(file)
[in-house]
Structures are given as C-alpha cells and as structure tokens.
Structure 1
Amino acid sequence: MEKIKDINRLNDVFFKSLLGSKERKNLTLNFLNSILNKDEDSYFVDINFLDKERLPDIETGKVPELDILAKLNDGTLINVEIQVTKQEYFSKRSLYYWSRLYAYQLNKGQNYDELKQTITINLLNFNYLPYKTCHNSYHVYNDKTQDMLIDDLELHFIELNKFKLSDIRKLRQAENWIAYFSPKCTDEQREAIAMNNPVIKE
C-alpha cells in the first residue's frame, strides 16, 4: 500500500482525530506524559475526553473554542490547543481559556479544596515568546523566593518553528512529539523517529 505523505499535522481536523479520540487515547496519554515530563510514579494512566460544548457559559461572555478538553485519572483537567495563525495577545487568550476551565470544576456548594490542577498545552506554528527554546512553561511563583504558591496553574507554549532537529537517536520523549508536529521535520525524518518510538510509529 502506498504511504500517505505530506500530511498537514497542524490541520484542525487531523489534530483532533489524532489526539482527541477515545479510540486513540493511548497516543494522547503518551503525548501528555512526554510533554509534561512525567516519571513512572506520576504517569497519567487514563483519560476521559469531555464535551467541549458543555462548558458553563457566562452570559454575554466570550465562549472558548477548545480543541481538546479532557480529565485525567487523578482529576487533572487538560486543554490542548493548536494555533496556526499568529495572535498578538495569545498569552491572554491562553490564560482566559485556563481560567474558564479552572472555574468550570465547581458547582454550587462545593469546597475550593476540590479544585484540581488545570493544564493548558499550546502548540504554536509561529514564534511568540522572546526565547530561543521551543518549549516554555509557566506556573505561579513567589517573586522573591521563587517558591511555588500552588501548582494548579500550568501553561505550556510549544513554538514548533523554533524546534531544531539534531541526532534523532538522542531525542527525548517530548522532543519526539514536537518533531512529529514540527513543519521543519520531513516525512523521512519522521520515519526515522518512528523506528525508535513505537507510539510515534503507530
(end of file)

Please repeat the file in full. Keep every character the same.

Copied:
[in-house]
Structures are given as C-alpha cells and as structure tokens.
Structure 1
Amino acid sequence: MEKIKDINRLNDVFFKSLLGSKERKNLTLNFLNSILNKDEDSYFVDINFLDKERLPDIETGKVPELDILAKLNDGTLINVEIQVTKQEYFSKRSLYYWSRLYAYQLNKGQNYDELKQTITINLLNFNYLPYKTCHNSYHVYNDKTQDMLIDDLELHFIELNKFKLSDIRKLRQAENWIAYFSPKCTDEQREAIAMNNPVIKE
C-alpha cells in the first residue's frame, strides 16, 4: 500500500482525530506524559475526553473554542490547543481559556479544596515568546523566593518553528512529539523517529 505523505499535522481536523479520540487515547496519554515530563510514579494512566460544548457559559461572555478538553485519572483537567495563525495577545487568550476551565470544576456548594490542577498545552506554528527554546512553561511563583504558591496553574507554549532537529537517536520523549508536529521535520525524518518510538510509529 502506498504511504500517505505530506500530511498537514497542524490541520484542525487531523489534530483532533489524532489526539482527541477515545479510540486513540493511548497516543494522547503518551503525548501528555512526554510533554509534561512525567516519571513512572506520576504517569497519567487514563483519560476521559469531555464535551467541549458543555462548558458553563457566562452570559454575554466570550465562549472558548477548545480543541481538546479532557480529565485525567487523578482529576487533572487538560486543554490542548493548536494555533496556526499568529495572535498578538495569545498569552491572554491562553490564560482566559485556563481560567474558564479552572472555574468550570465547581458547582454550587462545593469546597475550593476540590479544585484540581488545570493544564493548558499550546502548540504554536509561529514564534511568540522572546526565547530561543521551543518549549516554555509557566506556573505561579513567589517573586522573591521563587517558591511555588500552588501548582494548579500550568501553561505550556510549544513554538514548533523554533524546534531544531539534531541526532534523532538522542531525542527525548517530548522532543519526539514536537518533531512529529514540527513543519521543519520531513516525512523521512519522521520515519526515522518512528523506528525508535513505537507510539510515534503507530